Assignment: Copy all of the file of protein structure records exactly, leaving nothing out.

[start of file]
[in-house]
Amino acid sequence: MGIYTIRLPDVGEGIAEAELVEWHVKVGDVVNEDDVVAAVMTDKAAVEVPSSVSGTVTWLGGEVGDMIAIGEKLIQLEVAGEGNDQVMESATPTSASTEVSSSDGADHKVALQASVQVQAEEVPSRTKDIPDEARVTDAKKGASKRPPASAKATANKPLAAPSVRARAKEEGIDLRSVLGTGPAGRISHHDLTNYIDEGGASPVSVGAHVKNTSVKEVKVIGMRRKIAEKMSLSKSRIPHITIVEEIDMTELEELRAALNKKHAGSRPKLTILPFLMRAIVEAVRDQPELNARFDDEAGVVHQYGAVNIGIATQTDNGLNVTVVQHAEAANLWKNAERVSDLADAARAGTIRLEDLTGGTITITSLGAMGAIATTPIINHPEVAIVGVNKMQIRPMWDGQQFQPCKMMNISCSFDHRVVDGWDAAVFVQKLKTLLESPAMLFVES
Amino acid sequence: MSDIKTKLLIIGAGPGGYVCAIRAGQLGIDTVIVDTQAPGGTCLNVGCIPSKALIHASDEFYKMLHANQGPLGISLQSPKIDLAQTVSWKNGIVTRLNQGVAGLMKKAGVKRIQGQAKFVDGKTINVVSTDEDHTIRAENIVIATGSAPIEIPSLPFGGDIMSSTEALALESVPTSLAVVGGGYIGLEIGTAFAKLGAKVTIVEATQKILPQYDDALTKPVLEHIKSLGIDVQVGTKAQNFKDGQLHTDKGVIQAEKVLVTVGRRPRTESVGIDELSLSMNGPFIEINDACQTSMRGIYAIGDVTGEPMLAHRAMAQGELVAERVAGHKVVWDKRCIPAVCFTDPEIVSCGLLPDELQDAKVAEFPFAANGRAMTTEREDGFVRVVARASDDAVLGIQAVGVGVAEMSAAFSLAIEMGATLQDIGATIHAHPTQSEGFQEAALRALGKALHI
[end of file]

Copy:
[in-house]
Amino acid sequence: MGIYTIRLPDVGEGIAEAELVEWHVKVGDVVNEDDVVAAVMTDKAAVEVPSSVSGTVTWLGGEVGDMIAIGEKLIQLEVAGEGNDQVMESATPTSASTEVSSSDGADHKVALQASVQVQAEEVPSRTKDIPDEARVTDAKKGASKRPPASAKATANKPLAAPSVRARAKEEGIDLRSVLGTGPAGRISHHDLTNYIDEGGASPVSVGAHVKNTSVKEVKVIGMRRKIAEKMSLSKSRIPHITIVEEIDMTELEELRAALNKKHAGSRPKLTILPFLMRAIVEAVRDQPELNARFDDEAGVVHQYGAVNIGIATQTDNGLNVTVVQHAEAANLWKNAERVSDLADAARAGTIRLEDLTGGTITITSLGAMGAIATTPIINHPEVAIVGVNKMQIRPMWDGQQFQPCKMMNISCSFDHRVVDGWDAAVFVQKLKTLLESPAMLFVES
Amino acid sequence: MSDIKTKLLIIGAGPGGYVCAIRAGQLGIDTVIVDTQAPGGTCLNVGCIPSKALIHASDEFYKMLHANQGPLGISLQSPKIDLAQTVSWKNGIVTRLNQGVAGLMKKAGVKRIQGQAKFVDGKTINVVSTDEDHTIRAENIVIATGSAPIEIPSLPFGGDIMSSTEALALESVPTSLAVVGGGYIGLEIGTAFAKLGAKVTIVEATQKILPQYDDALTKPVLEHIKSLGIDVQVGTKAQNFKDGQLHTDKGVIQAEKVLVTVGRRPRTESVGIDELSLSMNGPFIEINDACQTSMRGIYAIGDVTGEPMLAHRAMAQGELVAERVAGHKVVWDKRCIPAVCFTDPEIVSCGLLPDELQDAKVAEFPFAANGRAMTTEREDGFVRVVARASDDAVLGIQAVGVGVAEMSAAFSLAIEMGATLQDIGATIHAHPTQSEGFQEAALRALGKALHI